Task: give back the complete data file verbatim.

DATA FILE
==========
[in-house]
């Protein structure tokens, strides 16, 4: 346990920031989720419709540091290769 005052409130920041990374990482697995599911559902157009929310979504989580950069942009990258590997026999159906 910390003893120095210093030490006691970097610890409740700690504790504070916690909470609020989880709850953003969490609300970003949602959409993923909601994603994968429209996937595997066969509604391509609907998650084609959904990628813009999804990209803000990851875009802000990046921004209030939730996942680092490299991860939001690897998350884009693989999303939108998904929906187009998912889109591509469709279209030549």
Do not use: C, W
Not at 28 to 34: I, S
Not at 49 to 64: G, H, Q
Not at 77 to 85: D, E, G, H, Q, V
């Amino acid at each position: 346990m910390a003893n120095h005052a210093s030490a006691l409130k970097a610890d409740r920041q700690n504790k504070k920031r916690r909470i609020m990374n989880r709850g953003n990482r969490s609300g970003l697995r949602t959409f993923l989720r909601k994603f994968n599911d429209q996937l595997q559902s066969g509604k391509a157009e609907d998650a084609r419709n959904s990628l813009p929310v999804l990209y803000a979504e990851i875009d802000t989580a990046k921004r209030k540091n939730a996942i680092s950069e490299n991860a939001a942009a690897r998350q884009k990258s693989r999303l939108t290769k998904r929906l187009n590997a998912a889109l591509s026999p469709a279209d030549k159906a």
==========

[in-house]
């Protein structure tokens, strides 16, 4: 346990920031989720419709540091290769 005052409130920041990374990482697995599911559902157009929310979504989580950069942009990258590997026999159906 910390003893120095210093030490006691970097610890409740700690504790504070916690909470609020989880709850953003969490609300970003949602959409993923909601994603994968429209996937595997066969509604391509609907998650084609959904990628813009999804990209803000990851875009802000990046921004209030939730996942680092490299991860939001690897998350884009693989999303939108998904929906187009998912889109591509469709279209030549």
Do not use: C, W
Not at 28 to 34: I, S
Not at 49 to 64: G, H, Q
Not at 77 to 85: D, E, G, H, Q, V
């Amino acid at each position: 346990m910390a003893n120095h005052a210093s030490a006691l409130k970097a610890d409740r920041q700690n504790k504070k920031r916690r909470i609020m990374n989880r709850g953003n990482r969490s609300g970003l697995r949602t959409f993923l989720r909601k994603f994968n599911d429209q996937l595997q559902s066969g509604k391509a157009e609907d998650a084609r419709n959904s990628l813009p929310v999804l990209y803000a979504e990851i875009d802000t989580a990046k921004r209030k540091n939730a996942i680092s950069e490299n991860a939001a942009a690897r998350q884009k990258s693989r999303l939108t290769k998904r929906l187009n590997a998912a889109l591509s026999p469709a279209d030549k159906a």